Secure and isolate the crime scene Determine boundaries of crime scene and priorities for evidence collection Rough sketch Finished sketch Photograph Videotaping Notes

13 Collecting Evidence Conduct a systematic search for evidence; be unabiased and thorough. Field technicians What to look for depends on the crime and what specific locations of the crime scene would most likely be affected Microscopic or massive objects Collect carriers of possible evidence Vacuum or sweeping collected

14 Packaging of Evidence Prevent any changes from occurring (contamination, breakage, evaporation, bending, loss) Process trace evidence from original object (shirt, shoe) rather than isolating and packaging if possible Package evidence separately

15 Chain of custody Continuity of possession; every person who touched it must be accounted for Standards for collecting, labeling, and submitting evidence forms are necessary for court Labels include collectors initials, location of evidence, date of collection. Identification numbers must also be used

16 Submission of Evidence
Standard/reference samples Substance controls Evidence submission form will detail the evidence collect and particular type of examination/analysis requested. Lab tech not bound by requests

17 Methods of Detection Types of prints
Latent print Visible print – deposited ink, blood, dirt Plastic print – impression in a soft surface Most natural finger prints consists of secretions of the skin’s glands Developed by either powders or chemicals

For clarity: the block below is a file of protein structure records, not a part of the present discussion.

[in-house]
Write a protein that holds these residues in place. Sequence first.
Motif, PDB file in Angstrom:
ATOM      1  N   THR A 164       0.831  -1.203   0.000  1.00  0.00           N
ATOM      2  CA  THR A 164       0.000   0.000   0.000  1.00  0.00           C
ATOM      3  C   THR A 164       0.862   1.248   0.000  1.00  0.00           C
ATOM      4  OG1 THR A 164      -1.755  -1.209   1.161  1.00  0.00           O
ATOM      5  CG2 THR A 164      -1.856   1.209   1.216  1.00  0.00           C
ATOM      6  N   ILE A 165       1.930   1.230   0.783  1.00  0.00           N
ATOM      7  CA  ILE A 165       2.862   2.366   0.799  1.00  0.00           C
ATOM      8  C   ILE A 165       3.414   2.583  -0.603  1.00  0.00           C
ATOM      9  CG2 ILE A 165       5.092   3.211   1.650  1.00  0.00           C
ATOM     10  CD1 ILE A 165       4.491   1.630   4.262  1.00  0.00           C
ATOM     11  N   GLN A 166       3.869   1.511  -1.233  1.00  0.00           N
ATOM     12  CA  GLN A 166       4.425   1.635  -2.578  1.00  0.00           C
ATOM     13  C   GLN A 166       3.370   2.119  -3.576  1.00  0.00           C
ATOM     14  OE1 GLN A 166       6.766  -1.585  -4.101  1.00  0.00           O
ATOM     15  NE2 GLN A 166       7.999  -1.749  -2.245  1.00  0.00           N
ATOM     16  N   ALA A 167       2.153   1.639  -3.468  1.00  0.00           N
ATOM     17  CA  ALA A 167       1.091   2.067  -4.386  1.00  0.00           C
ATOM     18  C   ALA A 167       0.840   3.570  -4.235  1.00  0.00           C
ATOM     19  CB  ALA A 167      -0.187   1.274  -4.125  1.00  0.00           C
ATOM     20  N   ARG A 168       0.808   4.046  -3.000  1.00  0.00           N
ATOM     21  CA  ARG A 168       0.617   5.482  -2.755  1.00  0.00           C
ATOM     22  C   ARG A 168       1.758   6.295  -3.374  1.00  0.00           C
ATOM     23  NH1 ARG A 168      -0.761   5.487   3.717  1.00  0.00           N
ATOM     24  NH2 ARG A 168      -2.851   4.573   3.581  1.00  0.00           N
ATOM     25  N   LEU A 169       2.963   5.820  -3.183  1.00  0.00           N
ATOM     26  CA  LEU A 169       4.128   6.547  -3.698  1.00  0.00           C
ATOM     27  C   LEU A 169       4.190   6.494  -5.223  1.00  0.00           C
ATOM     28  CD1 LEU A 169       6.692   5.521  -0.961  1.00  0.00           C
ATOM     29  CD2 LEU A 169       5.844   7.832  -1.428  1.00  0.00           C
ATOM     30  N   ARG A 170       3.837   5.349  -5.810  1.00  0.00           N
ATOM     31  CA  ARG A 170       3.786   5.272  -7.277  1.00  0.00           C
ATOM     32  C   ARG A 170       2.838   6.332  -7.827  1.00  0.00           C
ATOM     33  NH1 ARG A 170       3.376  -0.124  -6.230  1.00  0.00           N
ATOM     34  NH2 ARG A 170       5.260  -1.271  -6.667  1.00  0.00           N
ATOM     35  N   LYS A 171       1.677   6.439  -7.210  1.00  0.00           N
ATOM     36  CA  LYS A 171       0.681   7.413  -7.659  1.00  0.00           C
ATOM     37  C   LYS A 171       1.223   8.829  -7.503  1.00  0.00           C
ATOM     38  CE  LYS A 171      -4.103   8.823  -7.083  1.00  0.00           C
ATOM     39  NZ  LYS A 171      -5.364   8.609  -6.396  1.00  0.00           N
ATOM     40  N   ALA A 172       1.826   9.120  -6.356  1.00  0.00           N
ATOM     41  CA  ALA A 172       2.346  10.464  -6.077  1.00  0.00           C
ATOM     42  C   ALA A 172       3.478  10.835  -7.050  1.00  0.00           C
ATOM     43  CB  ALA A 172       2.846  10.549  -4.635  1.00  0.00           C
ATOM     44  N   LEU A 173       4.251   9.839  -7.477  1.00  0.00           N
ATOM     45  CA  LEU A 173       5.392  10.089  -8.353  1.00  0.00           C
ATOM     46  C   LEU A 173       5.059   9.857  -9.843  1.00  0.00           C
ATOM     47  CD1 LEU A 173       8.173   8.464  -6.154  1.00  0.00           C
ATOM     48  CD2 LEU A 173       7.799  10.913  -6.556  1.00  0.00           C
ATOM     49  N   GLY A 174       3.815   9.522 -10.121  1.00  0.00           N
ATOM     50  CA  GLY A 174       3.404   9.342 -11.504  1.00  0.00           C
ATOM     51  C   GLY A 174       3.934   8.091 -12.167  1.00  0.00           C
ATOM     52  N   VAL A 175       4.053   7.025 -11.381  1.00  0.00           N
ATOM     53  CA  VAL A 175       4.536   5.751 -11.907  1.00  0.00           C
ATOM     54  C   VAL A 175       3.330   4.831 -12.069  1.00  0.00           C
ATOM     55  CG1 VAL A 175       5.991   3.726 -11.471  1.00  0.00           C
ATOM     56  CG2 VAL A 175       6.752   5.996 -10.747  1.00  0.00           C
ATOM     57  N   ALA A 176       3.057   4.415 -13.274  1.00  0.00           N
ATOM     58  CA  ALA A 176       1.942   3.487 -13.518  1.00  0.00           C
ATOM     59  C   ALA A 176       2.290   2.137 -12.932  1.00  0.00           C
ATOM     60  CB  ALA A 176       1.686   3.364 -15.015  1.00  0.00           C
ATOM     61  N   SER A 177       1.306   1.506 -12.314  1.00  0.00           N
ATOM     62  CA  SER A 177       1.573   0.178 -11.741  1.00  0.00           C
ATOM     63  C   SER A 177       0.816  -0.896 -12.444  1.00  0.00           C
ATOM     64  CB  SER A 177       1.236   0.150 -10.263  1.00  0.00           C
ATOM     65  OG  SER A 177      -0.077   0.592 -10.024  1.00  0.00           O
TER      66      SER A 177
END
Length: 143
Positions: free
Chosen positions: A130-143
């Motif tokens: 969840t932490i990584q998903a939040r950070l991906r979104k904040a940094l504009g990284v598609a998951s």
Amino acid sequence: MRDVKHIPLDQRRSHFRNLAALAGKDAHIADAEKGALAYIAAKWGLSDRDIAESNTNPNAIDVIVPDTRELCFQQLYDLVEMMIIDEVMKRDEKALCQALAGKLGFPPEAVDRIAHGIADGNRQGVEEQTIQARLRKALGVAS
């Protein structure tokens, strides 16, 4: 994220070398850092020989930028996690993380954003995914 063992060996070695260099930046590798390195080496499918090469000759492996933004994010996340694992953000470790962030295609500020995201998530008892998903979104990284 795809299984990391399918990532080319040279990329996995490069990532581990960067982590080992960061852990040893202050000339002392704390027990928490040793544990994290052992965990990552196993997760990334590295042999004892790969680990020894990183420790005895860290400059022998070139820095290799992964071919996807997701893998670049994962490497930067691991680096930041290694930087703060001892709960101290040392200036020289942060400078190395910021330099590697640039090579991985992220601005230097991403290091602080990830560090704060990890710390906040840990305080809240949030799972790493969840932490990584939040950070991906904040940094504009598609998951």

18 Fingerprints History 3 Patterns
Japanese used thumb print as a signature on documents until 1860. First used in crime in 1901 by Sir Edward Richard Henry 3 Patterns Whorl Loop Arch

19 Categories of Fingerprints
Loop – ridge lines enter one side of pattern and curve around to exit from the same side of pattern. (65%) Whorl – ridge lines rounded or circular and have two deltas(30-35%) Arch – ridge lines enter print from one side and exit from the other (5%)

20 Blood Evidence Serology: the study of antigen – antibody reactions using laboratory tests Kastle-Myer Test – Is it blood? Precipitin Test – Is it human blood? DNA Analysis – Whose blood is it?

21 ABO blood typing RBCs have A, B, neither, or both antigens in its surface. Serum carries antibodies against antigens it does not have. O negative carries no Ag and therefore does not react with any Anti A, B, AB. Rh factor is a separate protein on the surface of RBCs Pos reaction Neg reaction

22 Blood Splatter Analysis
Location, distribution, and appearance of blood stains are an important part of forensics Investigators try to determine: Direction Dropping distance Angle of impact Splatter analysis is often used for crime scene reconstruction

23 Blood Splatter Analysis
Factors which influence stain patterns are: Surface texture Direction of travel Pointed end of bloodstain always faces its direction of travel Angle of impact is determined by measuring the degree of circular distortion of the stain Blood striking a surface at right angles gives rise to a nearly circular stain As the angle decreases, the stain becomes elongated in shape